I mean, think about it, there are people who spend $100,000 to restore an early 911. True it is magnificent, and will sell for way beyond book value, but these selling prices start to make shoppers look at SCs in a new light.

    Yep, RX-7s are total bargains. They are dirt cheap, DIRT cheap.
  • lemkolemko Member Posts: 15,261
    ...I remember when early Chevrolet Novas and Chevelles were dirt cheap. Now, I see ridiculous asking prices for some examples and no, I'm not talking about Yenkos or 396 SS Chevelles.
  • Mr_ShiftrightMr_Shiftright Member Posts: 64,481
    You mean for plain-jane Chevelles and Novas with small blocks or 6s? You can probably still buy them well under $10,000 in decent shape. Of course, so many of them have been modified that people have tons more money in them than they would be worth bone stock.
  • isellhondasisellhondas Member Posts: 20,342
    Having owned three RX7's, I have nothing but good to say about them. They are GREAT cars that can still be bought for little money.

    There are a couple of things people need to be aware of or they quill quickly kill that little rotary but when well maintained they are a wonderful car.

    I am always amazed at how much power they can get out of that "beer keg" rotary!
  • gussguss Member Posts: 1,167
    I have had two and they were probably the most fun cars I have ever owned. Climbing inside always reminded me of getting into a planes cockpit.

    The problem is finding one in decent shape( I always liked the pre '86 styling best) because alot of them have been turned into track cars, or have had a Chevy V-8 put in them.

    If I could have found a survivor with under 125k miles in decent shape I would have bought one over my Miata.
  • isellhondasisellhondas Member Posts: 20,342
    All RX 7's will use some oil. It's their nature and they HAVE to use oil to keep those seals lubricated. Not a big deal but you have to watch your oil level.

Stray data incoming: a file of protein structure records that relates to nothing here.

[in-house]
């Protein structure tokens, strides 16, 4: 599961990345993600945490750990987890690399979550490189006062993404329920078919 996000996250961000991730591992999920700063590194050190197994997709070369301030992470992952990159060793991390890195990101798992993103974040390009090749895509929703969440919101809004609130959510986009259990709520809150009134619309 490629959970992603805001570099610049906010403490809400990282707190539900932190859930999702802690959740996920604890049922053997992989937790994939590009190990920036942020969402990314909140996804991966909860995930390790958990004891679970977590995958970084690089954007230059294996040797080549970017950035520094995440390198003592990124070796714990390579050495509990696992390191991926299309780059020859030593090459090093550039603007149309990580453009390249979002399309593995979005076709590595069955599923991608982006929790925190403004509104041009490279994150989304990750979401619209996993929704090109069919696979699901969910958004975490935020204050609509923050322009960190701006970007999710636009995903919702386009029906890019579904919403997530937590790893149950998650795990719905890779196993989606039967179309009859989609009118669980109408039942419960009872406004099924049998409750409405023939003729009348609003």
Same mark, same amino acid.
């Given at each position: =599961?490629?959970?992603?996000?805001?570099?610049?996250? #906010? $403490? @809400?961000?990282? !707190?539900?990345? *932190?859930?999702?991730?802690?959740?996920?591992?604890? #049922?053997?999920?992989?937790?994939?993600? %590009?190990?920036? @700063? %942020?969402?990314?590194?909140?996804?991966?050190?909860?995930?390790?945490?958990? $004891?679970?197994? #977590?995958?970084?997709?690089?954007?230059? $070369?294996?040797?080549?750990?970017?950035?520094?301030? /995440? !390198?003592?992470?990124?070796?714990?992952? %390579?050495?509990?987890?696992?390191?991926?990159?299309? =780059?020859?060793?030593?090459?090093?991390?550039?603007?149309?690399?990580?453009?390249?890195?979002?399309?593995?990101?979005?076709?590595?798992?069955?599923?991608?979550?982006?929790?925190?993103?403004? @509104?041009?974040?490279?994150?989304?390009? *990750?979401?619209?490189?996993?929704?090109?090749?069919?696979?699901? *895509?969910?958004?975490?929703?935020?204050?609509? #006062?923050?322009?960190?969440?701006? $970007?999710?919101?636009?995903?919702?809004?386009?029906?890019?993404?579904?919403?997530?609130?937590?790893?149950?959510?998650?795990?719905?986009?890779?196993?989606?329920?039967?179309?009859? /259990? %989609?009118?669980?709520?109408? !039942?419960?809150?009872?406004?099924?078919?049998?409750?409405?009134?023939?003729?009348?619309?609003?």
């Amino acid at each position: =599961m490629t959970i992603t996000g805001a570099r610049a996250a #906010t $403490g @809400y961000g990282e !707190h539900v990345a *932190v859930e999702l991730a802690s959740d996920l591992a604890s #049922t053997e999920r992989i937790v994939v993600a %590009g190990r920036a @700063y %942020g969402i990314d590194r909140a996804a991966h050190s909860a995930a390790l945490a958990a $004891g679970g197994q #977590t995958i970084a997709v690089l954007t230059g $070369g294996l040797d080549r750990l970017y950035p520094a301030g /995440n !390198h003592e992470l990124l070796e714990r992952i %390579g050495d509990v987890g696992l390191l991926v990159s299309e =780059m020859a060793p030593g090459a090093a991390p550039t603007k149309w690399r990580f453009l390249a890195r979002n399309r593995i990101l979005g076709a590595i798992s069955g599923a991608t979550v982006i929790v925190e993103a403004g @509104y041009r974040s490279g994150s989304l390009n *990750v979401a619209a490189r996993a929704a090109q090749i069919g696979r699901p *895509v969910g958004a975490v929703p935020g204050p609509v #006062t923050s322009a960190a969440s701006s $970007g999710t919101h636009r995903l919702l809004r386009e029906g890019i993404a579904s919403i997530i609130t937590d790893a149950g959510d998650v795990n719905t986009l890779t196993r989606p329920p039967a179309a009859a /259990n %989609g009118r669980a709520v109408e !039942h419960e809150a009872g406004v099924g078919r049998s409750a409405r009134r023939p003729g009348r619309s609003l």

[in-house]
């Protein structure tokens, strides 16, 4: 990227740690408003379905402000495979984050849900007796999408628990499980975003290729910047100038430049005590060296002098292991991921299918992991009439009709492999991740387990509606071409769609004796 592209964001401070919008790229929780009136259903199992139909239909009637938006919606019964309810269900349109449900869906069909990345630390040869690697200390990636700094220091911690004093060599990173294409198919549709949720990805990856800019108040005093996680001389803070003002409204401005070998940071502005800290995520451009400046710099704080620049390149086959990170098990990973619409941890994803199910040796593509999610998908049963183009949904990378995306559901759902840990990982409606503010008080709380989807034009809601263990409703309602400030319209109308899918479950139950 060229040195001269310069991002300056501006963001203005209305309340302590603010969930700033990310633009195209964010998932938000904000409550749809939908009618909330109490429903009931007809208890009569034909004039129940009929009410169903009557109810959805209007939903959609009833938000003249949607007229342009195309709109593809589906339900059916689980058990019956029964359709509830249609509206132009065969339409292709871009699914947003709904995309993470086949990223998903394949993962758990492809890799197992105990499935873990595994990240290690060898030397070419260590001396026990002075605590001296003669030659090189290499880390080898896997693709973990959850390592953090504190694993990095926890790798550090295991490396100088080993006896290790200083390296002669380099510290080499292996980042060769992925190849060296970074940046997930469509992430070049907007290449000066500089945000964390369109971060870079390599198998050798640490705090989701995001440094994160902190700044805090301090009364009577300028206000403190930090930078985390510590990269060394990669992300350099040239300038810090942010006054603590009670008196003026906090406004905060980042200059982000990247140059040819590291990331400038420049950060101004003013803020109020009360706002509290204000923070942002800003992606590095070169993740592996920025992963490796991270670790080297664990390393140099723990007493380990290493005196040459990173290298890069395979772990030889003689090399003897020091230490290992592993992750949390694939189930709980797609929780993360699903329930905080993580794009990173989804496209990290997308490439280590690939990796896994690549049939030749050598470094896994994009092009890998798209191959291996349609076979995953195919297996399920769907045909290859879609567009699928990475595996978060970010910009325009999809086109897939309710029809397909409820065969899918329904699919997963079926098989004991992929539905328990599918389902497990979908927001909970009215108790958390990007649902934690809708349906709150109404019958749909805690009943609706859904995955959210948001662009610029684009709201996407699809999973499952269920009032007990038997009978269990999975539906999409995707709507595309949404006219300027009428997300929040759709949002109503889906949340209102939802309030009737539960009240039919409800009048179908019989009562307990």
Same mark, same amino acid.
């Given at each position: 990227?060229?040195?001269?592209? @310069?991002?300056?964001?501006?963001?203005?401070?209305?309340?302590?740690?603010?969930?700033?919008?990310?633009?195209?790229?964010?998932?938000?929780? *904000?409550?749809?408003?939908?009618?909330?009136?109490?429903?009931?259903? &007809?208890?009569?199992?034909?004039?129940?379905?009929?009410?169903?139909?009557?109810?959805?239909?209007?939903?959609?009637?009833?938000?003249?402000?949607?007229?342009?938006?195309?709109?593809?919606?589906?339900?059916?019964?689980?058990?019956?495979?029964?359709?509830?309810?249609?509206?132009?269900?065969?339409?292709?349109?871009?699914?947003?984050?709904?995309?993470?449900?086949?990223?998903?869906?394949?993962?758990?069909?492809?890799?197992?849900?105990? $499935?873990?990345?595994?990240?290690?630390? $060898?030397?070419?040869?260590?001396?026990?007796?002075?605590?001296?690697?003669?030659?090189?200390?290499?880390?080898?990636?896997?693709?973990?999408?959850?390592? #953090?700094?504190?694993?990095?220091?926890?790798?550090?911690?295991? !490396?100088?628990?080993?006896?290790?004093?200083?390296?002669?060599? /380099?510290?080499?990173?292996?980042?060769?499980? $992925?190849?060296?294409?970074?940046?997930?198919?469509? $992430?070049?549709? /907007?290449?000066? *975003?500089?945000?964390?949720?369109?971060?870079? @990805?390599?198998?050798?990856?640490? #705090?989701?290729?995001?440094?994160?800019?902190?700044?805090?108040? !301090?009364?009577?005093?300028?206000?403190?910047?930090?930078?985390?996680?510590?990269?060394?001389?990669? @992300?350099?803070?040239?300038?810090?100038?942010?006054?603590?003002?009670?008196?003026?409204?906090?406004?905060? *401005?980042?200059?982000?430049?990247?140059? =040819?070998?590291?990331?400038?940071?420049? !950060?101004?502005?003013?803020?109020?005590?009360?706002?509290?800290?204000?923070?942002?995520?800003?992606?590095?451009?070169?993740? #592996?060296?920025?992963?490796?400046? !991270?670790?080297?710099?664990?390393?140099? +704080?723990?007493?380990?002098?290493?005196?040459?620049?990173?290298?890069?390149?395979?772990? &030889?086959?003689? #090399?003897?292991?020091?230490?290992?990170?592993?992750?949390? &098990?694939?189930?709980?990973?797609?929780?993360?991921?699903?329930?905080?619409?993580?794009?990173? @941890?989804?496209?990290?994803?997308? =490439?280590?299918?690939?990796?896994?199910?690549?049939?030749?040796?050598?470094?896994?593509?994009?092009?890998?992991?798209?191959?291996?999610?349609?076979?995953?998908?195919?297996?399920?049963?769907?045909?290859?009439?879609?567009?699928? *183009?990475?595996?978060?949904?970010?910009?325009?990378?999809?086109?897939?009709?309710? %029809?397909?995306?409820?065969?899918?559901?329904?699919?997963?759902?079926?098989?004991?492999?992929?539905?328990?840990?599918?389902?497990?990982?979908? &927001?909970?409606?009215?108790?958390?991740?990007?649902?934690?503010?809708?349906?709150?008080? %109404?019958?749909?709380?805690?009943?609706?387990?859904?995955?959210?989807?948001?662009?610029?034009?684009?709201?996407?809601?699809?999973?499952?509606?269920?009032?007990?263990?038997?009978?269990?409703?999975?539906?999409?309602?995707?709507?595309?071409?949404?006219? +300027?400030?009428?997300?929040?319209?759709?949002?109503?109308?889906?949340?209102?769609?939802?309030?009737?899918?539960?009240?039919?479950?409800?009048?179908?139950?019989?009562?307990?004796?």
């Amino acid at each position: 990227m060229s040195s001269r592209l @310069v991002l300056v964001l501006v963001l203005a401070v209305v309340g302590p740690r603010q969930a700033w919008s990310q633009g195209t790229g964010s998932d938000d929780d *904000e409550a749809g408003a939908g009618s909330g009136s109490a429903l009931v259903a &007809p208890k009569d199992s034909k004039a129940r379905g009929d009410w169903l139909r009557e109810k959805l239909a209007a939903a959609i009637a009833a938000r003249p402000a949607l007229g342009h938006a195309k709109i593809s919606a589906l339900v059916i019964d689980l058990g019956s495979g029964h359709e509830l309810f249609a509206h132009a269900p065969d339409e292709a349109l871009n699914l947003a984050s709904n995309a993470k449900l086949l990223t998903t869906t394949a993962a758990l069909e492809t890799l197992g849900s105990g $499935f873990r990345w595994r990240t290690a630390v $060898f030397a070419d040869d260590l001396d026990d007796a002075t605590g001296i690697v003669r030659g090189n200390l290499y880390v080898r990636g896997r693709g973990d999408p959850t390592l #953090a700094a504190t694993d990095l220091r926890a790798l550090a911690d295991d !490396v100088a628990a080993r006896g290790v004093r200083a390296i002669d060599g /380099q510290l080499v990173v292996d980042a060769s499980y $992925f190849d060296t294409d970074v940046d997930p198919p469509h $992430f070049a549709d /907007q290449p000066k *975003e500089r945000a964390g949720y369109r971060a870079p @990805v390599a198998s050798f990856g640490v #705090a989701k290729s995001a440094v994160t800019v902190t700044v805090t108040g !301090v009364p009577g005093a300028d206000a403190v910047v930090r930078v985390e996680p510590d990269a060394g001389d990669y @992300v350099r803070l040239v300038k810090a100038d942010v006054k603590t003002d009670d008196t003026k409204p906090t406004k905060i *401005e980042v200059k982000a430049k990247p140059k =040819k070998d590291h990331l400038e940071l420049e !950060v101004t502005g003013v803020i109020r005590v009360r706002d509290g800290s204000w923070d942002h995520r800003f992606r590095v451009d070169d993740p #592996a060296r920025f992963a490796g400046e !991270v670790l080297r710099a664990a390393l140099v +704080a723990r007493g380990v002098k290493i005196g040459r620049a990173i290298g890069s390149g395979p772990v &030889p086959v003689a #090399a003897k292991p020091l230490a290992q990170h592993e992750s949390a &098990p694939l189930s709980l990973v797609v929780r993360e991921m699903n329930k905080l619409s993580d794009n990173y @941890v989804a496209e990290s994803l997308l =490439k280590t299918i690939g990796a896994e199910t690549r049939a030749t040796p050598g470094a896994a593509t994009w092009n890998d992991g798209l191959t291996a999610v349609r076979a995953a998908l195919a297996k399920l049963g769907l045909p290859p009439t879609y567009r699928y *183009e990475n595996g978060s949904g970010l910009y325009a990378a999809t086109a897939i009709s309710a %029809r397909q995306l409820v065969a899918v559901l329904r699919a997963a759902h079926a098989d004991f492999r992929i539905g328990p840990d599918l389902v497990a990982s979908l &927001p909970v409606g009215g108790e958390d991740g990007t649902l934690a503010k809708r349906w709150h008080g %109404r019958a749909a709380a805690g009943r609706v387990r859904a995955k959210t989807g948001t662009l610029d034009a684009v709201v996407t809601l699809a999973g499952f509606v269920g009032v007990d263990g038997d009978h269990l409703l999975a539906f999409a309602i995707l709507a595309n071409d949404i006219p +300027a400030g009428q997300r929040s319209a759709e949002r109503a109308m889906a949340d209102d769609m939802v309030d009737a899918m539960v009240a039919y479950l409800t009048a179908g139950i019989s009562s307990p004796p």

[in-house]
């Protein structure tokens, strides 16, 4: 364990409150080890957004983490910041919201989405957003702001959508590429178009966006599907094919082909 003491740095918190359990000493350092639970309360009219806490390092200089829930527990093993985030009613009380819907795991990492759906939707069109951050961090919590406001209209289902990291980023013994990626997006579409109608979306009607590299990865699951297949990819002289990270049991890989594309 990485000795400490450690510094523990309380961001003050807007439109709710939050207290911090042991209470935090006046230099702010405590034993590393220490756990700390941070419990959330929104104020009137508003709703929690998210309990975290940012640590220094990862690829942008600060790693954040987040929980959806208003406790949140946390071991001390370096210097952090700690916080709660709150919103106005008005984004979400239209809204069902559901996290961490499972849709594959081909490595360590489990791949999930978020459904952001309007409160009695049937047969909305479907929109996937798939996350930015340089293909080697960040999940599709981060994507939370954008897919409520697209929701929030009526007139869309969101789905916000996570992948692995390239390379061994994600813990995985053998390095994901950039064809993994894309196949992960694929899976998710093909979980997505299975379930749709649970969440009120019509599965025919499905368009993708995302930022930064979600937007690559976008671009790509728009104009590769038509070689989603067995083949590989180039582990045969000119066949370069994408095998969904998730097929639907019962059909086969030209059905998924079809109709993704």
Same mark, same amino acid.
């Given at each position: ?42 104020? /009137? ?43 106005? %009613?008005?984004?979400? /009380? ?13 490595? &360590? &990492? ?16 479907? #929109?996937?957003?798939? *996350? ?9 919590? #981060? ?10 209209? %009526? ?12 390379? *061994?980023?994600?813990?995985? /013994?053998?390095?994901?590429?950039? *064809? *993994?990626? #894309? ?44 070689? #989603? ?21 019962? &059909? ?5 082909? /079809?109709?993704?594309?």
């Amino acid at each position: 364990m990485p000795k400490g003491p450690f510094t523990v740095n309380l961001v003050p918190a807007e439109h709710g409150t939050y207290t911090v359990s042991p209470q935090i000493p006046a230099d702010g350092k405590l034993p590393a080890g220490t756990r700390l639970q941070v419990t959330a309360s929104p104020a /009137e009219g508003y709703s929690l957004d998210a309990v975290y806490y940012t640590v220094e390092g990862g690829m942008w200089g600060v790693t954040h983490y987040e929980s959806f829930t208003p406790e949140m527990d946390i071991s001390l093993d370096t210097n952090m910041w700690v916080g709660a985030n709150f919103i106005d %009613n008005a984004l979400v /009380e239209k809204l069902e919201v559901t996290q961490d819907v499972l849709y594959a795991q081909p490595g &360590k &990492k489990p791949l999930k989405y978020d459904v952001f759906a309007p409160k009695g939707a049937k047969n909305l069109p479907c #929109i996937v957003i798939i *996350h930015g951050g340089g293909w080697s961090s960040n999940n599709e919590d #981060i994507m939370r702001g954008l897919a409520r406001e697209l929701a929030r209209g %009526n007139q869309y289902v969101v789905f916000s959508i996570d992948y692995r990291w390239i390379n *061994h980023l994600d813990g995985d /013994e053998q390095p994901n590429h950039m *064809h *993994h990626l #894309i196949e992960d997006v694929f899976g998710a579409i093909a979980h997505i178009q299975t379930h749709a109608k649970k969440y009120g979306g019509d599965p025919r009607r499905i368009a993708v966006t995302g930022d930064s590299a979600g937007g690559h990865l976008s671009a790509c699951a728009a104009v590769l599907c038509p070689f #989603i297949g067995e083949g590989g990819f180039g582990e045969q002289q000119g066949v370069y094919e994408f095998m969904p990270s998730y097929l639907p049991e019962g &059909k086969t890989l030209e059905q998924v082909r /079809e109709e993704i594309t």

And you can NEVER EVER get one overheated. If you blow a heater hose and try to drive to the next repair shop a block away, you WILL ruin the engine.

    A rotary expert once told me.." If you ever THINK you might have overheated your RX 7, you HAVE".

    Still, great cars that are becoming hard to find now.
  • lemmerlemmer Member Posts: 2,689
    I had an '84 that died at around 85K miles. The guy I bought it from promised he regularly changed the oil...

    The scary thing about them is that the engines often die without warning. An apex seal goes, and it just quits. Service records (particularly oil changes) are vital when buying one of these.
  • isellhondasisellhondas Member Posts: 20,342
    Yes, that too. You have to make sure all of your belts and hoses are in good shape too.

    All of this is well worth the effort. Nothing like winding one of these little jewels to 7000 RPM. Silky smooth and what a sound!

    The real early rotaries before the RX 7's had a nasty havit of backfiring when slowing down. A friend had a early rotary sedan that made an M-80 sound like a cap pistol.

    It would even backfire five minutes after being shut down, all by itself!
  • Mr_ShiftrightMr_Shiftright Member Posts: 64,481
    MazdaTrix also warns against using synthetic oil in a rotary, interestingly enough. Sounds controversial, but those guys have tons of experience rebuilding rotaries, so one has to take their advice with some seriousness.